Although there is a plethora of OTC novel protein diets available, when analyzed, many of these diet have been shown to include additional ingredients not listed on the label.5 In this day of instant online access to information and products, most patients arrive at our office having already been fed one or many OTC diets with supposedly limited and novel protein diets. Yet when we read the label together (available online), we may find ingredients such as “animal digest,” or other proteins that are hardly novel! I advise clients that therapeutic diets are more expensive for a reason-they are “more pure.”
Patients do not have to eat the therapeutic diet indefinitely. Once the food-allergic patient is stable, the client can potentially “work backward” and challenge the patient with an OTC novel protein diet and monitor for a flare (whereas improvement on a diet may require weeks, most patients flare within days or even hours of being fed the offending food).
Step 2: Start the trial diet and treat infections
Start the patient on the elimination diet trial. This diet should be the only food the patient receives. Remind owners that means no treats, chewable medications or protein-based supplements. I typically recommend owners switch the food completely and abruptly rather than transition slowly (giving half a bowl of new food and half a bowl of old food). If food is truly the problem, it has never made sense to me to give “half the problem” during the transition.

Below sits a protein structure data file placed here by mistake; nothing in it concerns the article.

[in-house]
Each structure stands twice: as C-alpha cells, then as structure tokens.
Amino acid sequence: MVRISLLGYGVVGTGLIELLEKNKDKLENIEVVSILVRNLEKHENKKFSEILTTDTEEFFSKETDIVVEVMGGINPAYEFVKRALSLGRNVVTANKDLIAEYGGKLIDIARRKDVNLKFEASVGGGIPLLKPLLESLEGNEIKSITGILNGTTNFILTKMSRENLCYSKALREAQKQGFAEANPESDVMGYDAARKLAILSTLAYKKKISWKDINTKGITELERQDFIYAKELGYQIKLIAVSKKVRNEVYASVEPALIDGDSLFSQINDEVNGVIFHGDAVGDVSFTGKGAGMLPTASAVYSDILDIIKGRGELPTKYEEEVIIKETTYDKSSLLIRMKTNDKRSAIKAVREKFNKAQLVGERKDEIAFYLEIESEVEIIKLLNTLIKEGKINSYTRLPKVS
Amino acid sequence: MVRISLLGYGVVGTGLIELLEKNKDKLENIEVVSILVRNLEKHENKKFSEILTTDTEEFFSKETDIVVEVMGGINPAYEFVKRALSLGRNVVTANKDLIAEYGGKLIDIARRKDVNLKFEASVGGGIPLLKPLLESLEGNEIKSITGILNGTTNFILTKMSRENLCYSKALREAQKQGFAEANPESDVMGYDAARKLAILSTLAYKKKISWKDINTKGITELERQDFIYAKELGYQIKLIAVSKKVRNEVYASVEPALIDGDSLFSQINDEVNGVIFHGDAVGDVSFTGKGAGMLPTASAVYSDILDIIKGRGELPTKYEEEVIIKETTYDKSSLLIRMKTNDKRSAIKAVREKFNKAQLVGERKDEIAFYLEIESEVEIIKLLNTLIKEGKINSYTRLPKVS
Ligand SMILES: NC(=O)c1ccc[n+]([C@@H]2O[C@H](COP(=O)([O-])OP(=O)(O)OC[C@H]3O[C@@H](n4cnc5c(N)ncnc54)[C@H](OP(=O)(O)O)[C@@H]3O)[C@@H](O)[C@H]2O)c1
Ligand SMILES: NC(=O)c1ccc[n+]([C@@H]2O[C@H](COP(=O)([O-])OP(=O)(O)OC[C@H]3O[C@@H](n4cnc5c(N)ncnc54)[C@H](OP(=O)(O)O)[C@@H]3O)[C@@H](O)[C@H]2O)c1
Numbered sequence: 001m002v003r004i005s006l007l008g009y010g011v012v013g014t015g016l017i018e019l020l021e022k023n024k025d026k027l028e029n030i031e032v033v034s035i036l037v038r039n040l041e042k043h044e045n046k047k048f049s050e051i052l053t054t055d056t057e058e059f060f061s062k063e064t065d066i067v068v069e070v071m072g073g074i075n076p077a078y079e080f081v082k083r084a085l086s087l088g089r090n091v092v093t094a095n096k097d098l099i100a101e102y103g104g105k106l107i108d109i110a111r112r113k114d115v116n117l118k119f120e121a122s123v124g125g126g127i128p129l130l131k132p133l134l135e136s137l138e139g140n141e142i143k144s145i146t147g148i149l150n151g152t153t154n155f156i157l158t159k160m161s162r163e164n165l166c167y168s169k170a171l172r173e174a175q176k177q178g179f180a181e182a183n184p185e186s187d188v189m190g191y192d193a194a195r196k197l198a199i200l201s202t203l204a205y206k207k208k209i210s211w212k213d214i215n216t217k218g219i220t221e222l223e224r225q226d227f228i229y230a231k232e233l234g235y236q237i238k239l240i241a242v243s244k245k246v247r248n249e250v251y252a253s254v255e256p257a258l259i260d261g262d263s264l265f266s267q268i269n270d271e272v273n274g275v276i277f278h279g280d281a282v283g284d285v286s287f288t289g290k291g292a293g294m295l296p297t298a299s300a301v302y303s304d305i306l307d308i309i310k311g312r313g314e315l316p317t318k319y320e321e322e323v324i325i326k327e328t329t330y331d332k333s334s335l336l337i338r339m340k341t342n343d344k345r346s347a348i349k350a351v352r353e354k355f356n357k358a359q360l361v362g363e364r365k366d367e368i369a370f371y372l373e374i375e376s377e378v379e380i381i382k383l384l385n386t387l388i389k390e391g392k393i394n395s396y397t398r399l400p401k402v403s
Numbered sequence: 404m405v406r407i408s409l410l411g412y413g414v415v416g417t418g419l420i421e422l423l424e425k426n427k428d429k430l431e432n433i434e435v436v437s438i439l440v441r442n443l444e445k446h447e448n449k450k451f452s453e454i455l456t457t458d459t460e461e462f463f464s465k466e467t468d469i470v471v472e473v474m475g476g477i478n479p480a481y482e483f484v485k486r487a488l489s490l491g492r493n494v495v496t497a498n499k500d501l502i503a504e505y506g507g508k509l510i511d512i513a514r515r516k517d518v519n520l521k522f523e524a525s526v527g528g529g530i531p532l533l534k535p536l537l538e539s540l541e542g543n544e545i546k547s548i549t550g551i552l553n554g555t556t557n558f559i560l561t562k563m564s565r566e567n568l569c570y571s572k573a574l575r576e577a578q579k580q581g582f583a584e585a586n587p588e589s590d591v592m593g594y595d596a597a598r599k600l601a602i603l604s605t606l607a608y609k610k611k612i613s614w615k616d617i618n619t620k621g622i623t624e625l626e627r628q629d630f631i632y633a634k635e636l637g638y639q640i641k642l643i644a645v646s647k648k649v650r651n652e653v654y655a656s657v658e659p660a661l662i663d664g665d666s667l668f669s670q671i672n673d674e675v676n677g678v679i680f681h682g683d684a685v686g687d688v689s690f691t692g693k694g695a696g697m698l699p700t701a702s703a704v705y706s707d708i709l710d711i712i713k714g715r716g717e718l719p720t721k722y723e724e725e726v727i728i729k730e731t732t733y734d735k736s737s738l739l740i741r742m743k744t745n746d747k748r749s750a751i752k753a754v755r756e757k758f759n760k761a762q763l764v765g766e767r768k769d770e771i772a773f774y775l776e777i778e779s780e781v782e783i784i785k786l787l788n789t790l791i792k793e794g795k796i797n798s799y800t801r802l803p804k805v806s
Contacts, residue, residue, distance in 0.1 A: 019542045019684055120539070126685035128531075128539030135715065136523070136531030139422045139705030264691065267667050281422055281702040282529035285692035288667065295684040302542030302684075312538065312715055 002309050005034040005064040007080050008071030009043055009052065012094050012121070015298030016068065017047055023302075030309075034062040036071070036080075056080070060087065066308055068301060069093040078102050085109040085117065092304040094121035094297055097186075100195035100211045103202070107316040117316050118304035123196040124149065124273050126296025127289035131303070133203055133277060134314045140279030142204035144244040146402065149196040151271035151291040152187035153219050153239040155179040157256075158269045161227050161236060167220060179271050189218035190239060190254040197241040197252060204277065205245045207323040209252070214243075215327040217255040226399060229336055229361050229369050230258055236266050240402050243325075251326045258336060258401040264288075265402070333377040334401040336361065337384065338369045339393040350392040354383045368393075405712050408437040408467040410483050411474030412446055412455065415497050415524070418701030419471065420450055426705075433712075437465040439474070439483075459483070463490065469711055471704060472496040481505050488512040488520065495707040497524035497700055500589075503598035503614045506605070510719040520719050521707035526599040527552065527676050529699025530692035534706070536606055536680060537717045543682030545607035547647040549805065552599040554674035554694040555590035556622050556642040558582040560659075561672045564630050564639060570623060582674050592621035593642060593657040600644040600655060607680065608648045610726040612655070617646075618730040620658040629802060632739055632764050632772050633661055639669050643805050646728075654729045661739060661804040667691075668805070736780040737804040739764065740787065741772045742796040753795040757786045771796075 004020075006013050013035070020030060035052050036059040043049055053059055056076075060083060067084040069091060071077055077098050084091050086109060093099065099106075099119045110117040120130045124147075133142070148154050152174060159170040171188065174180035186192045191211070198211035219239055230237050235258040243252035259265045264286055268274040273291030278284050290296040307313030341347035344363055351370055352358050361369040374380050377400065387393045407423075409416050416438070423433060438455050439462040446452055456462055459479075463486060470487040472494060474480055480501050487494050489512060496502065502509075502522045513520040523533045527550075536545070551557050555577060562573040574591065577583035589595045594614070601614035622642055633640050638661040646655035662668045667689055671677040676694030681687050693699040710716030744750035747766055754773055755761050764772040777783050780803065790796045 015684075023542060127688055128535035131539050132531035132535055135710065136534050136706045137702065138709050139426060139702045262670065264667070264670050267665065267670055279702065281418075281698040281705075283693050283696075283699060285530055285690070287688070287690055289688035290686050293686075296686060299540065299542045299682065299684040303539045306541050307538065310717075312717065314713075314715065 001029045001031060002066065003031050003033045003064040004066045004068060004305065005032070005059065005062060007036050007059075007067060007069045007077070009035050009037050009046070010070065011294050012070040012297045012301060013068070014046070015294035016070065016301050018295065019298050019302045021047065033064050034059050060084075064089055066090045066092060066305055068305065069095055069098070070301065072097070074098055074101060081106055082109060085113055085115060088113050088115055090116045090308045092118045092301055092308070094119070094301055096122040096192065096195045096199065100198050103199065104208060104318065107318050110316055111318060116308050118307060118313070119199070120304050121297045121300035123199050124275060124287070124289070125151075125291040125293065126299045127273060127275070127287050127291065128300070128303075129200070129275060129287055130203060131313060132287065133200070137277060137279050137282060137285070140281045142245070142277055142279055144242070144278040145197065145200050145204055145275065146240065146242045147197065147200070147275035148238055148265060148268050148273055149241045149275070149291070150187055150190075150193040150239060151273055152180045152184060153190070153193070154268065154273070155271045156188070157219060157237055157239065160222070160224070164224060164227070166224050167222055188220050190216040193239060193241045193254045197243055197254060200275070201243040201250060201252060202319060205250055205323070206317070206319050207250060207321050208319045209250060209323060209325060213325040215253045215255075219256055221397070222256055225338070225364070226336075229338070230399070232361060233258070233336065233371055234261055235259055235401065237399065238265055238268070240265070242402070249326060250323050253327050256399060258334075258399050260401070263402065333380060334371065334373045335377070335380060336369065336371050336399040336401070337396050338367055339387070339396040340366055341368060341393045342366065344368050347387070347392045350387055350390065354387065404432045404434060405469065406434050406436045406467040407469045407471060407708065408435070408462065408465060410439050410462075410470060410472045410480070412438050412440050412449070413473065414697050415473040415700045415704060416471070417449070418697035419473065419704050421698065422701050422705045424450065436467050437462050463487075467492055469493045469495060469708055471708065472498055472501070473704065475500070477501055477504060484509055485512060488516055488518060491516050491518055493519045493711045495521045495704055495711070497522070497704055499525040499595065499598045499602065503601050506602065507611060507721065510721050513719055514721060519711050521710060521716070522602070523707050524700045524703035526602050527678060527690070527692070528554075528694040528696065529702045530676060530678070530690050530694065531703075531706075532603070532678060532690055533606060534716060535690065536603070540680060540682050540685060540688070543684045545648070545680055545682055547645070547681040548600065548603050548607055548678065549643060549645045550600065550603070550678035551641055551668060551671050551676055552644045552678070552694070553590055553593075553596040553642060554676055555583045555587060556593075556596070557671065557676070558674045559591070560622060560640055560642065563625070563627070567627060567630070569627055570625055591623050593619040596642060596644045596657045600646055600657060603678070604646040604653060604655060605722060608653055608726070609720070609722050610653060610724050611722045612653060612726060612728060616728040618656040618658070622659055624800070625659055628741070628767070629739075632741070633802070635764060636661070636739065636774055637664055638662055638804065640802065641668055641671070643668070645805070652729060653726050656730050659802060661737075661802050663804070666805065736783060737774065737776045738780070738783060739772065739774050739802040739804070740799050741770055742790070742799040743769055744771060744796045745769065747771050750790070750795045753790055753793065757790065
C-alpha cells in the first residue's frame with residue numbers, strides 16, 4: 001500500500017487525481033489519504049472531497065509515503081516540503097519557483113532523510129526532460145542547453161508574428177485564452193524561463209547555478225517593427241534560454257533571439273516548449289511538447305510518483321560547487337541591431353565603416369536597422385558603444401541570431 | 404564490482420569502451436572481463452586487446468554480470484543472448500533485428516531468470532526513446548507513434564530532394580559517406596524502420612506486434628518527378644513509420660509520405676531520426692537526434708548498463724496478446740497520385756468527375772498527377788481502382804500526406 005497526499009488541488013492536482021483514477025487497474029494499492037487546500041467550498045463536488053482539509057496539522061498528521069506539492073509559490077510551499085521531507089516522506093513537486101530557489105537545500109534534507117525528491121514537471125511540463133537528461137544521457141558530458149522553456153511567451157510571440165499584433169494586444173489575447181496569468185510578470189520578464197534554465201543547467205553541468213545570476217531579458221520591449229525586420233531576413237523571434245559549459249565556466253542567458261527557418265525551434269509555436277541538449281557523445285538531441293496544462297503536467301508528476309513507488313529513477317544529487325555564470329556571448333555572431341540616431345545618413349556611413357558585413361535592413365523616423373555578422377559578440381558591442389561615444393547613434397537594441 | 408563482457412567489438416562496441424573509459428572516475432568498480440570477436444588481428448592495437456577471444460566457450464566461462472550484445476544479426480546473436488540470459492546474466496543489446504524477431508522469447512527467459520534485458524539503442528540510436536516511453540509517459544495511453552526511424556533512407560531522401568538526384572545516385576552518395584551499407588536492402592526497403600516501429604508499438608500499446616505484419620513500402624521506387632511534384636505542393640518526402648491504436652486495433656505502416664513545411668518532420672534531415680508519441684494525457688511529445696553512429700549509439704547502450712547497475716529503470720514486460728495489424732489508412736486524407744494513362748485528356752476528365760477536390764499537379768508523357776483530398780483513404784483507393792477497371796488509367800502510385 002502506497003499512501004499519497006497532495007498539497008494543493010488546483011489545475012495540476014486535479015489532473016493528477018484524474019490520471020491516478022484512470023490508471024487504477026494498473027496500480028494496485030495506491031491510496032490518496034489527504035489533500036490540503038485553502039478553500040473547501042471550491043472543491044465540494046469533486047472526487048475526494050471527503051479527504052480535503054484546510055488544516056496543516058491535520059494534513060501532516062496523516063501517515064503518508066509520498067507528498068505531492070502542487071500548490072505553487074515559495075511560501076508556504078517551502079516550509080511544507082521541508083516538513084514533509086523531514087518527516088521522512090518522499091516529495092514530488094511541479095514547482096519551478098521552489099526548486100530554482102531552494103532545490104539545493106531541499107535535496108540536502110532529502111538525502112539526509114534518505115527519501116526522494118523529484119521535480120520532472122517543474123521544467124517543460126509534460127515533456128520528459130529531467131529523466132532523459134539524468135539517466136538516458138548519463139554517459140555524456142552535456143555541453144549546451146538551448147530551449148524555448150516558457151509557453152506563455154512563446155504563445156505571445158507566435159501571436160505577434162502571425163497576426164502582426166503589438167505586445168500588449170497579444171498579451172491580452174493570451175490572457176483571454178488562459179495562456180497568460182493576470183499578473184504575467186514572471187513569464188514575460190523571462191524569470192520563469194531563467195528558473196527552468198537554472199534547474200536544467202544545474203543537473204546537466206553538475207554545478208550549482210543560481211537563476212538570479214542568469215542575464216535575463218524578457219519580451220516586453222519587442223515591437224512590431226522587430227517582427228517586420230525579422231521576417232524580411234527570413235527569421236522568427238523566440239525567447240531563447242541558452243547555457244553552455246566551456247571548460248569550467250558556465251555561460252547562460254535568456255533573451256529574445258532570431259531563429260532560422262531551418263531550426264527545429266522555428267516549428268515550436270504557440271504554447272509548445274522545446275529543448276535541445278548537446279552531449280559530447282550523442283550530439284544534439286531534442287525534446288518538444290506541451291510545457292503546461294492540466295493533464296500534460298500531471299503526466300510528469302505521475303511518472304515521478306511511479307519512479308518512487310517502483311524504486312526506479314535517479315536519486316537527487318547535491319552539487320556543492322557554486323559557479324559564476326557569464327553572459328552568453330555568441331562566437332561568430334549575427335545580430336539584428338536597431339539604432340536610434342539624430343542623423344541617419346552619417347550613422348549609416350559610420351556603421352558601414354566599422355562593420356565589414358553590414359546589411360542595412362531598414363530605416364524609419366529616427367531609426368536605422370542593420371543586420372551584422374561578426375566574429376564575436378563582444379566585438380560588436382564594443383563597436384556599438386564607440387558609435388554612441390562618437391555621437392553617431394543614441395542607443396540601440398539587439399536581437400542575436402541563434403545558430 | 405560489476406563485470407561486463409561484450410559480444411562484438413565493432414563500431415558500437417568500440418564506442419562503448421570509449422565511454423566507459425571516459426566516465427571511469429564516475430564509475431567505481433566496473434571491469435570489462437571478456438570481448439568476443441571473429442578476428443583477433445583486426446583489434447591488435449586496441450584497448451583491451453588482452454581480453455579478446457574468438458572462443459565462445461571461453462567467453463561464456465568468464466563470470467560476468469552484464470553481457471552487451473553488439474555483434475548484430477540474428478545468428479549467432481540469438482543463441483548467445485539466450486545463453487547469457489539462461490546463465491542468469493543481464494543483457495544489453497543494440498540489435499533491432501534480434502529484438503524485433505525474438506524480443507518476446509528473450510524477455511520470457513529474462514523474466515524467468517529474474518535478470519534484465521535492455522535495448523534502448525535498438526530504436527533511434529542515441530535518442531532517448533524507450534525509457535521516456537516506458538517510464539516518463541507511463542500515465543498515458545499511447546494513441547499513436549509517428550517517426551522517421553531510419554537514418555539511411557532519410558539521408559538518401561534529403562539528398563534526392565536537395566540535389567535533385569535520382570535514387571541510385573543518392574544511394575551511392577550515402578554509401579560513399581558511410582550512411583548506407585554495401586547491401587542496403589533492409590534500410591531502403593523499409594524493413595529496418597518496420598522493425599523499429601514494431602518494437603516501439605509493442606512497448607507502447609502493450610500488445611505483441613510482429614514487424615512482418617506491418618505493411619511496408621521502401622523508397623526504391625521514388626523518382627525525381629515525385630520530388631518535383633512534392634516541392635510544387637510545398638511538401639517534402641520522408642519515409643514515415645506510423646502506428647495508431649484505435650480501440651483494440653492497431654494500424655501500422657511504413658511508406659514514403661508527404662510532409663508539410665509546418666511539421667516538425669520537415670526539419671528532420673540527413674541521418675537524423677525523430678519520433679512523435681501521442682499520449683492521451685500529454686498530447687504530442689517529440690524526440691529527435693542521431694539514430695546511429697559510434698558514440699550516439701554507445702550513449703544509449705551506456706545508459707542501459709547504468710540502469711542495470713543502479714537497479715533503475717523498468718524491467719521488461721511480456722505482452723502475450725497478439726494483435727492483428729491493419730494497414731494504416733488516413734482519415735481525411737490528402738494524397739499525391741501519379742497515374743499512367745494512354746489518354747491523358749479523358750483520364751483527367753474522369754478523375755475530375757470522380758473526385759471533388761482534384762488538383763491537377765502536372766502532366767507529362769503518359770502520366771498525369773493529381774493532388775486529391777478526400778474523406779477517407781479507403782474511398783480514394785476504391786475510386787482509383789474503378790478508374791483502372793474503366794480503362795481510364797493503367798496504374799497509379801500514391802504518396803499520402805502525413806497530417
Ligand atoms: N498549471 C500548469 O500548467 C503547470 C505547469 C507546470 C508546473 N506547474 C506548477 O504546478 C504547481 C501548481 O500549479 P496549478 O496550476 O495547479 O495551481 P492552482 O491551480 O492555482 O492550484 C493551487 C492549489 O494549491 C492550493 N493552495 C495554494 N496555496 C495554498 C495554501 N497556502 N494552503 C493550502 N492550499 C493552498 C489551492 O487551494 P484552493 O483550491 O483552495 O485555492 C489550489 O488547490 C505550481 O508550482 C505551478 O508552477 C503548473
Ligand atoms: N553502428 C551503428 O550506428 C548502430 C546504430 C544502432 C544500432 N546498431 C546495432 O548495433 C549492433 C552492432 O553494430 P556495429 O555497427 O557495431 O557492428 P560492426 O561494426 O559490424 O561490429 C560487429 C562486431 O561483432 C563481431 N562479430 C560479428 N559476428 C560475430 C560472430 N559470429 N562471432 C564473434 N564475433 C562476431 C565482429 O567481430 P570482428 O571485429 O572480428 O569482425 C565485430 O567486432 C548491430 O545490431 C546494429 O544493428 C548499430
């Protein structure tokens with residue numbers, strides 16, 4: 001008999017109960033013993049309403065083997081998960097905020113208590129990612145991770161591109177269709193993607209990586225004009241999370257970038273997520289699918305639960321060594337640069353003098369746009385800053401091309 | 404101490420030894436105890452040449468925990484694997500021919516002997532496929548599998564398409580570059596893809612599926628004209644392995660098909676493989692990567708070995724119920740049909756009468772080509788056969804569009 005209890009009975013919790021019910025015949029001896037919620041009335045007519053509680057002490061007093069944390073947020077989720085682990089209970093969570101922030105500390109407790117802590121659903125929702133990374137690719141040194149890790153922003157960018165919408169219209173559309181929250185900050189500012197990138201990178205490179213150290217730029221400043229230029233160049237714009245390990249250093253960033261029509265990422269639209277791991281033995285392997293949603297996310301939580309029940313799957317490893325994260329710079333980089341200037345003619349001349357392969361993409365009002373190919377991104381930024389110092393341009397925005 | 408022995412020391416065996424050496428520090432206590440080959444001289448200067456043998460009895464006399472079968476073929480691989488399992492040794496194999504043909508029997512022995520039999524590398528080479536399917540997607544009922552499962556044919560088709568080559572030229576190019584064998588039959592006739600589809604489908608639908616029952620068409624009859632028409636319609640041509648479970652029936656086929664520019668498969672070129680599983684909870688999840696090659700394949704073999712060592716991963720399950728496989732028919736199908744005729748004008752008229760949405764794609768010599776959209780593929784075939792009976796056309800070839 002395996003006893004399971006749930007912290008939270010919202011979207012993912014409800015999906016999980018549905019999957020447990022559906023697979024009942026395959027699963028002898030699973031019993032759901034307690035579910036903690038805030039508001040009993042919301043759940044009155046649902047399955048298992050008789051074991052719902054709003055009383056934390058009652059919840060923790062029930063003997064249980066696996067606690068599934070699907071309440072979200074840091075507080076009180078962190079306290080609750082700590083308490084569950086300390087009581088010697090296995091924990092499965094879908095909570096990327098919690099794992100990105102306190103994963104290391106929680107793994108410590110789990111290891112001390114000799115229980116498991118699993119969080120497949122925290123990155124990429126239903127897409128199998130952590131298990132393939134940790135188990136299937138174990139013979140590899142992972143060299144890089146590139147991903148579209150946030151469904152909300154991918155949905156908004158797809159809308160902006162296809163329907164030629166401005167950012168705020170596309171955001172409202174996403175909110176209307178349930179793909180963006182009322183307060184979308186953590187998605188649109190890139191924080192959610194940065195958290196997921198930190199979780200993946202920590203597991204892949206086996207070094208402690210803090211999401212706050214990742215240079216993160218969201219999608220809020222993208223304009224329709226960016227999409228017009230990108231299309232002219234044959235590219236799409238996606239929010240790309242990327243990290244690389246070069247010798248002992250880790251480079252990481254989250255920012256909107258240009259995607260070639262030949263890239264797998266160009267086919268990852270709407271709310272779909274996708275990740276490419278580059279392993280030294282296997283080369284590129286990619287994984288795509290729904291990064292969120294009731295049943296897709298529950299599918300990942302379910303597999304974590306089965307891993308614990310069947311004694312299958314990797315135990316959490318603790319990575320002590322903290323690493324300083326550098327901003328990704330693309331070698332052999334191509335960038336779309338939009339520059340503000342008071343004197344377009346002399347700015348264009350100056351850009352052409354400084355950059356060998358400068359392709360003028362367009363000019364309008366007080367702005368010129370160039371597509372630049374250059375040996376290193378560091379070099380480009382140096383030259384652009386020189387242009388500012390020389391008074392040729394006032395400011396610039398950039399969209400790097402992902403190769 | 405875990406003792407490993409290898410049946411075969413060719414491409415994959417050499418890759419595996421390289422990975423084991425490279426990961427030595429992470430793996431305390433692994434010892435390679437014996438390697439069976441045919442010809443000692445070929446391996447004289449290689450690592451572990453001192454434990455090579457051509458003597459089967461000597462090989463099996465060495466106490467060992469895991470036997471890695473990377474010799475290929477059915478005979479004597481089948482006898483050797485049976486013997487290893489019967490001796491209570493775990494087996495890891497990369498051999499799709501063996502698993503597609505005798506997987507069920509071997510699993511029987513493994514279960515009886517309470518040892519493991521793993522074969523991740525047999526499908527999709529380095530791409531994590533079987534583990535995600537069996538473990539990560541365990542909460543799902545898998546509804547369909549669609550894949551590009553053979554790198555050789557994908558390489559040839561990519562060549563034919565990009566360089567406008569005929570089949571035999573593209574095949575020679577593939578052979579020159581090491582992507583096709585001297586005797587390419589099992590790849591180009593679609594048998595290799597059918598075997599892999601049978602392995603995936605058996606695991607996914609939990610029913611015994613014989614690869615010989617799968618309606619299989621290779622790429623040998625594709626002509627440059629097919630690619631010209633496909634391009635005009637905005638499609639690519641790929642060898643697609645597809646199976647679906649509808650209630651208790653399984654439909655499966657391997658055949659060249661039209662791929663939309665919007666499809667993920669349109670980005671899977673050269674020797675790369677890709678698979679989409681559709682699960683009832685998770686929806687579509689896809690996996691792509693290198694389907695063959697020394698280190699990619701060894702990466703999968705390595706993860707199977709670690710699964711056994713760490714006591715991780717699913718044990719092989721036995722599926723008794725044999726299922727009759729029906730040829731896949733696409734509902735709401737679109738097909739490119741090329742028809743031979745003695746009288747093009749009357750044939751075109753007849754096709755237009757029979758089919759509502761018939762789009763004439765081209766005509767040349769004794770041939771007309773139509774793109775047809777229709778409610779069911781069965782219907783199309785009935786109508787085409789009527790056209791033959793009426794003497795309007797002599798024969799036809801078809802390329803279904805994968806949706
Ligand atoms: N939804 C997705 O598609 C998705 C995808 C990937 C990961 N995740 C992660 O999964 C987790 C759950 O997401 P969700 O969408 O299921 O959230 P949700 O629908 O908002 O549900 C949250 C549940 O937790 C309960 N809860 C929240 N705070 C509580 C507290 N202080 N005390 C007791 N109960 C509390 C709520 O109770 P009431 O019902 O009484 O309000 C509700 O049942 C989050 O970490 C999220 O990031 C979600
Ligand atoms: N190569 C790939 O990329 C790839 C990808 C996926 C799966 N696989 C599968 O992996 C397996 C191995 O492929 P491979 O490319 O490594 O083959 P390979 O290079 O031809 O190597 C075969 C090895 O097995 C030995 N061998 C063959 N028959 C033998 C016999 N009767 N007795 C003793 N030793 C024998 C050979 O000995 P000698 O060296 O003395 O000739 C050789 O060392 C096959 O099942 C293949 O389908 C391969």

During the food trial, it is important to treat secondary infections (such as pyoderma and Malassezia species infections). It is not uncommon for patients to receive antimicrobial therapy for potentially the first half of the food trial. This may offer a challenge as owners will be limited to what the medications can be hidden in since products such as meats, cheese or pill pockets cannot be used. It may be possible to treat infections with injectable long-lasting antibiotics, or even more preferably, with topical antimicrobial products such as shampoos, wipes, sprays or foam.
Apply flea control in flea-endemic areas to minimize other causes of pruritus, preferably using topical or pour-on products and avoiding chewable products.